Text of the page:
Who do they run to when they're hurt? Mom.
Dad is often passed by on the first round but he plays an equally important role as mom - sometimes more so - especially when their child is at the hospital.
So often we hear from the moms about their children at Le Bonheur Children's Hospital how they never leave their child's side and the lengths they'll go to fight for treatments.
But what about the dads? As Le Bonheur's Dad's Support Group shows us, behind that strong figure keeping the family foundation is just as much love and compassion.
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It doesn't take long to notice Shynoa James has her daddy wrapped around her finger.
"She laughs, she plays, she dances, she loves playground equipment, she loves people," says Jeremiah James.
So you can imagine when she fell off a swing, how her dad felt.
"I had turned away for five seconds," he said. "It was terrifying. I was standing 10-feet from her when the bolt on the swing broke."
After 15 minutes of crying she went back to playing. Three days went by before within three hours Shynoa changed.
"Her eyes went from being completely fine to literally looking like they were going to bulge out of her head," Jeremiah said. "Like I wanted to put my hands in front of her to catch them."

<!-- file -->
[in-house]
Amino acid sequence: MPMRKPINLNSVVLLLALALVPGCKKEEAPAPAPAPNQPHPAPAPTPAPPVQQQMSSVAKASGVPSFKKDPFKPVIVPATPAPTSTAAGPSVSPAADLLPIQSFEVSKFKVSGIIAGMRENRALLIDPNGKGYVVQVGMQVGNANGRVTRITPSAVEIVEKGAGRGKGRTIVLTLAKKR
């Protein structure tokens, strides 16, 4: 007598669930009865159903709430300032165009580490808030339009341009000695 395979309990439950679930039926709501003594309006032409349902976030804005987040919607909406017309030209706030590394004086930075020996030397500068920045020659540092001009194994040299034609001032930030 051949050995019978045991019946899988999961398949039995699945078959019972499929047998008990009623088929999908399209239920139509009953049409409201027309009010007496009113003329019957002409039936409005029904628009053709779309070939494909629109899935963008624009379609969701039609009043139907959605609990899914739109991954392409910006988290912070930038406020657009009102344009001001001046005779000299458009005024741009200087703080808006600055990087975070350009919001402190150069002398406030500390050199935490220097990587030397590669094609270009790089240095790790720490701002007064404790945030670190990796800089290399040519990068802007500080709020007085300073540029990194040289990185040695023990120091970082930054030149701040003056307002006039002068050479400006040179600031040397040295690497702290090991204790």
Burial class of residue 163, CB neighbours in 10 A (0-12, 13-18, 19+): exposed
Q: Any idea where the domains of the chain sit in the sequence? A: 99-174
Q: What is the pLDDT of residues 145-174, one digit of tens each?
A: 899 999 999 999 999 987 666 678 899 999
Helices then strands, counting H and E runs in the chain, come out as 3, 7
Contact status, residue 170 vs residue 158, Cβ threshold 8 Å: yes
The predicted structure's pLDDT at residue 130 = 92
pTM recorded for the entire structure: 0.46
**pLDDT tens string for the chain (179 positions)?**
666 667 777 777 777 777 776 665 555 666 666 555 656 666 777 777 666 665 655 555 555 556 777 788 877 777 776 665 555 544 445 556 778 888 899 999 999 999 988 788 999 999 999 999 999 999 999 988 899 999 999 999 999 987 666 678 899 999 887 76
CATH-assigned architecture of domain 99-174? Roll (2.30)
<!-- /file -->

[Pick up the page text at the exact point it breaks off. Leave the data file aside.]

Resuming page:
They're no strangers to hospitals and surgeries. Shynoa is a special needs child. But they've never had a visit as frightening as this.
So Jeremiah sought out Le Bonheur Children's Hospital's Dad Support Group.
"Some share deep, deep pain and experiences, and also their joy," said Kobena Charn, chaplain.
The Dad Support Group has been around for a year, led by Le Bonheur's chaplains like Charn. He, like many of the dads in the group, has his own story: His daughter battled leukemia.
"Traditionally men don't want to leave their family when they come to the hospital," Charn said. "They want to be around, they want to be there as support for the mother and also for the child."
This support group isn't formal.
"Most think we're going to sit around and talk about the Bible," Charn said. "They come and there's ESPN on, we have pizza too."
"It's not like a big cry or sob session," Jeremiah said.
It's a gathering of fathers new to the hospital routine and fathers who have years of experience with their kids and surgeries.
"It's a lot more relatable than you think," Jeremiah said. "It makes a difference talking to someone, it really does."
"From this, the dads begin to develop relationships with other dads on the floor and that's good care for entire family," Charn added.
It's one hour for dads to talk about their concerns and their kids, their fears or even joys, and especially the joy of going back home and just being dad.
"Tomorrow will be a better day," Jeremiah said. "There will be a time when a couple weeks or couple months from now you'll look back and go, 'You remember that crazy situation where we were there? Thank God it's all over. It's all behind us now.'"
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